Customer Is Not King
Have you ever seen one of those signs in a restaurant that reads “Unattended children will be given an espresso and a free puppy”? I love these signs because they’re funny but they also make a point. As a parent, I am given the establishment’s clear expectations of my children’s behavior: they are welcome to be here, but please supervise them. Simple enough.
Lance CPA Group is a virtual firm, which is a perk that all of our employees greatly enjoy. After becoming a partner in the firm though, I’ve identified a challenge in the virtual model: we cannot hang any signs. Why would a virtual CPA firm need to hang a sign? At first, I didn’t see the need for it either. But over the past year, I have begun to realize my naivete and have been surprised at how some of my employees have been treated.
In November I attended the Iowa Craft Brewers Guild’s conference, i-BEST. A session presented by attorney Mark Hudson was titled “Sexual Harassment in the Hospitality Industry: The Customer is not King!” Mark’s presentation has stayed with me weeks later as I replay conversations and meetings that my team and I have had over the last year. Would he have said that to me if I were a man? Would that client have spoken in such a way if Josh had been on the call? If I would not allow someone to speak that way to me in my personal life, why am I allowing it in my professional one? And what kind of example am I setting for my team?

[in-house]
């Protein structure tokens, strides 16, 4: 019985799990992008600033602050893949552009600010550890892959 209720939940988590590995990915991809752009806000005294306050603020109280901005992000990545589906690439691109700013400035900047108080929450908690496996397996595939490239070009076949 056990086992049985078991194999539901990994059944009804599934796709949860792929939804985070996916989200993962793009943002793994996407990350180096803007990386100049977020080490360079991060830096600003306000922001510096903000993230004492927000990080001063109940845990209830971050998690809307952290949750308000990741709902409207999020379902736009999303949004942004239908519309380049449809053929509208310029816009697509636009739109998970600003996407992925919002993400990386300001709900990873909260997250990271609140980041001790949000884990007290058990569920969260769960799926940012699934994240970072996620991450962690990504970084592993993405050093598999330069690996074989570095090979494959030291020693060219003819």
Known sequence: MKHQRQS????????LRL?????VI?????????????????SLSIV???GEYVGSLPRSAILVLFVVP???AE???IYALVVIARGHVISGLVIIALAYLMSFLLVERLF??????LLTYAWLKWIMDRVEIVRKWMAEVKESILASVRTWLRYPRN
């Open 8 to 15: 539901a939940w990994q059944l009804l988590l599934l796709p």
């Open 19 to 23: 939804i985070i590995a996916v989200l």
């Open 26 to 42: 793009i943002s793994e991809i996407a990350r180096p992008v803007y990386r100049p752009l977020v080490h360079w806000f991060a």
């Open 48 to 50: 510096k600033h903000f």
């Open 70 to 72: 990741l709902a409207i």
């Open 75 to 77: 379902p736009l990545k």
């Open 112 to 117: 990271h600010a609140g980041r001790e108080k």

After much contemplation, I’ve resolved to consider this my sign. There are expectations for the way a person should conduct themselves when he or she interacts with a member of Lance CPA Group; let alone with anyone in the B2B service industry. We are respectful professionals and we ask for you to be the same. Our services are valuable, we enjoy our work, and we love our customers. However, no team member is ever expected or encouraged to endure a relationship with a customer that is degrading or aggressive. There is no customer that is worth more to us than any one of our team members. The customer is not king.